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Stocks rise as White House, Democrats trade stimulus offers

Stocks rose Wednesday as House Democrats and the Trump administration traded offers for another round of coronavirus stimulus.

The Dow Jones Industrial Average closed with a gain of 329 points, rising 1.2 percent. The S&P 500 gained 0.8 percent and the Nasdaq composite rose 0.7 percent.

The strong start to Wednesday trading came after Treasury Secretary Steven MnuchinSteven MnuchinDemocrats justified in filibustering GOP, says Schumer Yellen provides signature for paper currency Biden's name will not appear on stimulus checks, White House says MORE said that Republicans will propose a $1.5 trillion stimulus bill after he and Speaker Nancy PelosiNancy PelosiWatchdog: Capitol Police need 'culture change' Julia Letlow sworn in as House member after winning election to replace late husband The Hill's 12:30 Report: Biden defends Afghanistan withdrawal after pushback MORE (D-Calif.) restarted negotiations last week. House Majority Leader Steny HoyerSteny Hamilton HoyerHouse panel approves bill to set up commission on reparations Race debate grips Congress Watchdog: Capitol Police need 'culture change' MORE (D-Md.) also told House Democrats that he plans to bring a $2.2 trillion offer to the floor Wednesday.

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While both parties remain far apart on the preferred size of a stimulus bill, the monetary difference between Democratic and Republican offers has narrowed considerably since the spring.

Democrats and Republicans are attempting to break a months-long stalemate over a follow-up to the Coronavirus Aid, Relief and Economic Security (CARES) Act, the $2.2 trillion stimulus and pandemic response bill signed by President TrumpDonald TrumpTrump mocks Murkowski, Cheney election chances Race debate grips Congress US reentry to Paris agreement adds momentum to cities' sustainability efforts MORE in March. Key elements of that bill, such as a boost to unemployment benefits and emergency loans for small businesses, expired this summer without replacement.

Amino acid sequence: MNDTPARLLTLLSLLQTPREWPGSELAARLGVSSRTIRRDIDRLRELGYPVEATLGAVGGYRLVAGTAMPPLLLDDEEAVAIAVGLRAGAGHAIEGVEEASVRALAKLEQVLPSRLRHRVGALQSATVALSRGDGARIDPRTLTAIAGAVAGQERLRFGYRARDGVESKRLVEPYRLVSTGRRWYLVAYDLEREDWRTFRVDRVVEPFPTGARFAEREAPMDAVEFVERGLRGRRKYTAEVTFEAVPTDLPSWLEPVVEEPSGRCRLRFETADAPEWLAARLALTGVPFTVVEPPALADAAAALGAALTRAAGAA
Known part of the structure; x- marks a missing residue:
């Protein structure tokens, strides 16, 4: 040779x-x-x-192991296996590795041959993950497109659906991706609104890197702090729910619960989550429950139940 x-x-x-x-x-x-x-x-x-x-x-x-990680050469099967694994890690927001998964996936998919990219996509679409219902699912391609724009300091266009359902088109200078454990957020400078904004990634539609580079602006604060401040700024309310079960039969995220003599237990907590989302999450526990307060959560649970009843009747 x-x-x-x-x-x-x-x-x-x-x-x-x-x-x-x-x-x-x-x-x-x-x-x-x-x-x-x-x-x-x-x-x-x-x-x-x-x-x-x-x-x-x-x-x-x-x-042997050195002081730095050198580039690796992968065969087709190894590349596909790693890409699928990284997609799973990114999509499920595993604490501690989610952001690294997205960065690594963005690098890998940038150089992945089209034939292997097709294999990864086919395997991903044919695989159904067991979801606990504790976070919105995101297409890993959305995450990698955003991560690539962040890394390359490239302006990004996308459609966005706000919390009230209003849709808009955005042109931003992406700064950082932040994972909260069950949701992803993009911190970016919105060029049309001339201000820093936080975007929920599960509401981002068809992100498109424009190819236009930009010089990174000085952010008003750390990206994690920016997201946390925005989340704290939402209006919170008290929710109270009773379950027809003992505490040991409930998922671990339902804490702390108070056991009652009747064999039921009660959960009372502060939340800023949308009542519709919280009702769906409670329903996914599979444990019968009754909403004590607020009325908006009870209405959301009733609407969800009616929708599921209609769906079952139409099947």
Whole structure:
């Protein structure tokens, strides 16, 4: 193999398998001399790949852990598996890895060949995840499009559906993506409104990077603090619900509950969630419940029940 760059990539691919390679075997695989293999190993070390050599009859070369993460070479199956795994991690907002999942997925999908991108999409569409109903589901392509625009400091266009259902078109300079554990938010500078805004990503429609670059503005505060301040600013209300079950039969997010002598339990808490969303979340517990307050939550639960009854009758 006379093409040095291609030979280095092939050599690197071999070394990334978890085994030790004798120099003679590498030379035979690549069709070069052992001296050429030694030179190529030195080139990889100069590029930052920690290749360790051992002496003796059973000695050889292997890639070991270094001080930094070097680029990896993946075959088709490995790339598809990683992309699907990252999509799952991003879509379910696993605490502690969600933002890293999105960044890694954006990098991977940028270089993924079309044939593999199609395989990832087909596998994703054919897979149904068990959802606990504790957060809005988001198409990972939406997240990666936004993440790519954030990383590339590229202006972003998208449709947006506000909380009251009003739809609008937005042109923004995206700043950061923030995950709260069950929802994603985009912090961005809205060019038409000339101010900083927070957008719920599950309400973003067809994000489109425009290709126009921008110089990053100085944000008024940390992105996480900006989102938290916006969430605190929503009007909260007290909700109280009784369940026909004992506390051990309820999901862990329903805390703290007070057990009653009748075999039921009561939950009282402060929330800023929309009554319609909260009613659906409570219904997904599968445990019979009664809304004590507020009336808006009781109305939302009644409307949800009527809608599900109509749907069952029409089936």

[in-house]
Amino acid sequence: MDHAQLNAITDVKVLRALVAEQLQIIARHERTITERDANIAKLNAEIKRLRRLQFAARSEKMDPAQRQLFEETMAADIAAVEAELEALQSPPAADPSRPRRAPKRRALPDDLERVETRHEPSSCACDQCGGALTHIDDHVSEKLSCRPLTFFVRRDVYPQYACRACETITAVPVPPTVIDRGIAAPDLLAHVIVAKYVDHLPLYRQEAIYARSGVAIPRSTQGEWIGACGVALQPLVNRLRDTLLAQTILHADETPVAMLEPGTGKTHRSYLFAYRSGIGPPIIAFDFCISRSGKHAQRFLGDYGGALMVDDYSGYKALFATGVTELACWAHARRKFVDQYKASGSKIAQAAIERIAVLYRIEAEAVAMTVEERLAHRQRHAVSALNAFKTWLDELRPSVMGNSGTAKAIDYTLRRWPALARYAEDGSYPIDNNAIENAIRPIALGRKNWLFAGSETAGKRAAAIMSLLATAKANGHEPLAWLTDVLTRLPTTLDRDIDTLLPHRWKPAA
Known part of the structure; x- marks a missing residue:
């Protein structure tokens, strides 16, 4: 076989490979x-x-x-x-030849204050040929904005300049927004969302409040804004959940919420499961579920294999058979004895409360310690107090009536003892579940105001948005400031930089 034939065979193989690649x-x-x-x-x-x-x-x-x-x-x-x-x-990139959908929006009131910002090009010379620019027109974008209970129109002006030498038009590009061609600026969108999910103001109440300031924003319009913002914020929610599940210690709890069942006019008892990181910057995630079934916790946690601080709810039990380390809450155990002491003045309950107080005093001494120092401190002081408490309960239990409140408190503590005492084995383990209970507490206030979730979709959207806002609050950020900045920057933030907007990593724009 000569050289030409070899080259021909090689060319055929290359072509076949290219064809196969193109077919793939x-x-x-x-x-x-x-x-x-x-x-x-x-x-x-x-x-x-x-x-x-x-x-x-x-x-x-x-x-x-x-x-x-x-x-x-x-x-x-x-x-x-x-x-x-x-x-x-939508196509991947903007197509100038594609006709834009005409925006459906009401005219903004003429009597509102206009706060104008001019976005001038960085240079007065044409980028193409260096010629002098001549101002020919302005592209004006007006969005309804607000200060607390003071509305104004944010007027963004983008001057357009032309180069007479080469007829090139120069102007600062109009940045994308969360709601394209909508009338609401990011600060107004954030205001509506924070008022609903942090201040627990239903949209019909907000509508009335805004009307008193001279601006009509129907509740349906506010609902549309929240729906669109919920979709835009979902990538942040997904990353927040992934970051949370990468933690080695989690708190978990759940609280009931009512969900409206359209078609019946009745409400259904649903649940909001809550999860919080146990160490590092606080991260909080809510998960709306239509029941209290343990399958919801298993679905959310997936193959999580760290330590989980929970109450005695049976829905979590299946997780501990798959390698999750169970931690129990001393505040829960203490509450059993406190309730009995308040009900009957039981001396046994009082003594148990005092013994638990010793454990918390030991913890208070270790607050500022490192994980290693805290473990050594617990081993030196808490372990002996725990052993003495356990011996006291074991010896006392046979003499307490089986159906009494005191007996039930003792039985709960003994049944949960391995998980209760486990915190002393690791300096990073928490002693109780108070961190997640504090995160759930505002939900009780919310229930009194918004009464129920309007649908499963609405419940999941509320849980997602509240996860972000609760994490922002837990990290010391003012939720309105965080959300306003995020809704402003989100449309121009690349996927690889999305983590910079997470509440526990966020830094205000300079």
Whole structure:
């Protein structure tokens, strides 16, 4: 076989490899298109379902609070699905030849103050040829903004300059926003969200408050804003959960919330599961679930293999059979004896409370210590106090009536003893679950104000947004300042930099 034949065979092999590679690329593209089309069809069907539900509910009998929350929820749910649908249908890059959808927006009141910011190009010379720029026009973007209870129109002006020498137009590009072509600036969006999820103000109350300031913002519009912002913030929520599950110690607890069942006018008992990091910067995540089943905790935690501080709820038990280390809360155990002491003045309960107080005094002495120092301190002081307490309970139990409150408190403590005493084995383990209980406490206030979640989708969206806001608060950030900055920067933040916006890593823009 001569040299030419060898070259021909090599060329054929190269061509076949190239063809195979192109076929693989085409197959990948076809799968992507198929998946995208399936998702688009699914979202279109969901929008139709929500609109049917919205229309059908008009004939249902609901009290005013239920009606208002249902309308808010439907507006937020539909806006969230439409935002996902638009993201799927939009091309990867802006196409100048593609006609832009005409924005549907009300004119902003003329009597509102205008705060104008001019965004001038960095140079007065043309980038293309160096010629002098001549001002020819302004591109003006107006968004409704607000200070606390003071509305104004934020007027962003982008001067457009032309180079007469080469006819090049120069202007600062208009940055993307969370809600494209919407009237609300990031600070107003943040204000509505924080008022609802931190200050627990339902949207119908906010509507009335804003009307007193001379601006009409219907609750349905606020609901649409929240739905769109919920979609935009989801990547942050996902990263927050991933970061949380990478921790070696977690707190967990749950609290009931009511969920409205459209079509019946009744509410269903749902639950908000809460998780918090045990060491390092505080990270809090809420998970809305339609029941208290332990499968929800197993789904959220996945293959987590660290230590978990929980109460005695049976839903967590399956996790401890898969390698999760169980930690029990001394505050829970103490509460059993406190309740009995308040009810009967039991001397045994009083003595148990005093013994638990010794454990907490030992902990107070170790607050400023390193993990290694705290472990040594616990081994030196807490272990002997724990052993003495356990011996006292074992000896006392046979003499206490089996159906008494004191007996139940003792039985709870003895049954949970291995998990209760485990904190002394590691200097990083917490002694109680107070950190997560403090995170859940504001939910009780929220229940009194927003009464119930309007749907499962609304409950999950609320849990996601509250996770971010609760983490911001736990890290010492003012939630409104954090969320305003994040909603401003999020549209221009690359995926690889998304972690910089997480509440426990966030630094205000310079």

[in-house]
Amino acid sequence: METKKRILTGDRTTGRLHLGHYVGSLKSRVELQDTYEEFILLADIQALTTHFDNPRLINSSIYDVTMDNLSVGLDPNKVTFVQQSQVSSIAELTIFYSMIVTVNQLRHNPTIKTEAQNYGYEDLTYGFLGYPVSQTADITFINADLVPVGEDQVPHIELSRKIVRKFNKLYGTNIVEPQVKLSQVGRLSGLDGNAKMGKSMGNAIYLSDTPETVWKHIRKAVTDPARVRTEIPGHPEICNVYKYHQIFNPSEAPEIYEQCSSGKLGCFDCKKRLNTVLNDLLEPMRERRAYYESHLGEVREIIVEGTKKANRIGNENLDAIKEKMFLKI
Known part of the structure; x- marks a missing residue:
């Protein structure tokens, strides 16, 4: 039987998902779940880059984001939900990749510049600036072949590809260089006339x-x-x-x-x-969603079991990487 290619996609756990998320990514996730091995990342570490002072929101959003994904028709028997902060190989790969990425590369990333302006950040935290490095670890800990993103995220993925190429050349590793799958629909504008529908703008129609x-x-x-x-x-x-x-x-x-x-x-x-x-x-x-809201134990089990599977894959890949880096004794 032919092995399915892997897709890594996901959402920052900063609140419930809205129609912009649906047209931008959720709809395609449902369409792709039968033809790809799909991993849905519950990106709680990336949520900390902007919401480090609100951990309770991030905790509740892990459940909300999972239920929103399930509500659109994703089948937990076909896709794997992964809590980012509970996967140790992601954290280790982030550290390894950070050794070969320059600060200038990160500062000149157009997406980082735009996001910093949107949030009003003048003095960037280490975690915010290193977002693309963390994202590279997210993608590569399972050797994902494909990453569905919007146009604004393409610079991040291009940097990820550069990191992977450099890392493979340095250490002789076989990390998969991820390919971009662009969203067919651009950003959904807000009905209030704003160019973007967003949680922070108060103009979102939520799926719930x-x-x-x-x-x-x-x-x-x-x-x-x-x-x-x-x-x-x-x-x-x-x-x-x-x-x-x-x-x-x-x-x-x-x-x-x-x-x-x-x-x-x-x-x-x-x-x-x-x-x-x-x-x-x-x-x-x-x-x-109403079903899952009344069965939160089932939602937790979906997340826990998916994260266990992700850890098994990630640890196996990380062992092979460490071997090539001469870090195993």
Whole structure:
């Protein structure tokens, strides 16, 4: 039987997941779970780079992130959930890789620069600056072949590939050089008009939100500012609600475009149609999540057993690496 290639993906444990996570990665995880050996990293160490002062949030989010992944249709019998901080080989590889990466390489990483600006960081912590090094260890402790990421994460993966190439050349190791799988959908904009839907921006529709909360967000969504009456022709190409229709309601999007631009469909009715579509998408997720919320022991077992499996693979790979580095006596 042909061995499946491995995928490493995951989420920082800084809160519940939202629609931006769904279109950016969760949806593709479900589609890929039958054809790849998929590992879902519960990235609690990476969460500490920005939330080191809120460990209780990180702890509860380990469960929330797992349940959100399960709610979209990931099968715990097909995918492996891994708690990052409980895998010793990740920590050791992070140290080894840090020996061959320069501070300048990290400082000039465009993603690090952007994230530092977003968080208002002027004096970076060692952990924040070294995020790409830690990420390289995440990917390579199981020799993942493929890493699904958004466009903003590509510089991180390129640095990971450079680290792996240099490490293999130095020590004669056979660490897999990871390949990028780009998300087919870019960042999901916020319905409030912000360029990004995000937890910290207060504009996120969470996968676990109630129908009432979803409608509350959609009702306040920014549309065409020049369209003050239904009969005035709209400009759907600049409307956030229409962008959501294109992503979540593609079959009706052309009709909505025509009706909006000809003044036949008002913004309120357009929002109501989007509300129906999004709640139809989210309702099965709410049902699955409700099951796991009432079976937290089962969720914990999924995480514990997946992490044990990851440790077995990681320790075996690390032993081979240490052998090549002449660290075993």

The House in May passed a roughly $3 trillion bill that Republicans dismissed immediately, and Republicans have been reluctant to approve more than $1 trillion in aid.

The pace of the recovery from the coronavirus recession slowed notably over the summer and into fall, and the U.S. is still reeling from immense economic pain. More than 10 million people who lost their jobs due to the pandemic have not yet found work again, and thousands of small businesses have folded as the spread of the virus hinders the economy from fully reopening.

Updated at 4:42 p.m.